Having proved a character-driven SF novel possible, Budrys took a radically different approach with Rogue Moon, which takes place in an alternate 1959 where a secret project sponsored by the U.S. government has reached the far side of the moon and found a large, nonnatural structure that kills everybody who enters it. The project of understanding this artifact has fallen to a scientist, Hawks, who has developed a functional matter transmitter–really a matter duplicator, since a human subject scanned by Hawks’s machine on Earth is destroyed, and the resulting information is used to create one duplicate in the machine and another in a “receiver” on the moon. Crucially, before these duplicates’ experiences diverge, they briefly share a consciousness.
Rogue Moon returns to Budrys’s themes of identity and memory, adding death and love into the mix. But this brief description gives no sense of the singular flavor of Budrys’s text, which conveys only what the characters can see and what they say, without describing their interior mental states. The stylistic antecedents are in the hard-boiled prose of writers like Hemingway and Dashiell Hammett, but such prose had never before been applied to such strange subject matter. Hawks plans to map the lunar artifact by sending duplicates into it; when they die, their cognates on Earth will retain memories of what happened in the preceding moments. Hawks’s difficulty is that enduring death by proxy has left each surviving duplicate catatonic. He decides that an abnormal individual might not be driven mad by the experience. A candidate is found: Al Barker, paratrooper, assassin, Olympic ski jumper, mountaineer, and all-around macho man.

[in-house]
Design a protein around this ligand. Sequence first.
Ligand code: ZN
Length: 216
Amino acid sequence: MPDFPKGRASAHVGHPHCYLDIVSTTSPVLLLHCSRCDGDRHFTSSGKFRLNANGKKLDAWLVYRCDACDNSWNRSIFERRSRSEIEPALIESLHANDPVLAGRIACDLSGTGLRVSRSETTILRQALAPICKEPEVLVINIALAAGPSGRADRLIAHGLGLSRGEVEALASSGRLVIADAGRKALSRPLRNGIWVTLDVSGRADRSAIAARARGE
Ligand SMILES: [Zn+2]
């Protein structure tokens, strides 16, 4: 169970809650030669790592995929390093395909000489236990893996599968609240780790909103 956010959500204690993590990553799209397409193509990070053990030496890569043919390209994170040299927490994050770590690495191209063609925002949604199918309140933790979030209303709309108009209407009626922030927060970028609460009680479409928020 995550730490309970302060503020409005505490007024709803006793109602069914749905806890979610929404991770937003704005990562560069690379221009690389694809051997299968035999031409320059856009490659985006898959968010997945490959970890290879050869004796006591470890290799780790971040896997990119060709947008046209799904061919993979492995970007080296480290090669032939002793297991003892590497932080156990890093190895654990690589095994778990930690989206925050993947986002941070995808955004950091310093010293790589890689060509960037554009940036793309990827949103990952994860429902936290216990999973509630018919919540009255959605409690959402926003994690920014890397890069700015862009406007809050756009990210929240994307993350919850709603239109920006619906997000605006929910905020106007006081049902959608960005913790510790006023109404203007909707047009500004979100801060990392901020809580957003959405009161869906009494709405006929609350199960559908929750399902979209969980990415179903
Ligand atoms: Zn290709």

As Rogue Moon proceeds, Barker remains functional as his duplicates repeatedly enter the lunar “formation,” advance a few meters, and die. The artifact, which may be incomprehensible, isn’t really the novel’s point. Hawks tells Barker, “Perhaps it’s the alien equivalent of a discarded tomato can. Does a beetle know why it can enter the can only from one end as it lies across the trail to the beetle’s burrow?” The novel focuses on the aims and relationships of its characters, who are, the reader grasps, all psychopaths: Hawks will do anything to achieve his aims, Barker is hollow, and so on.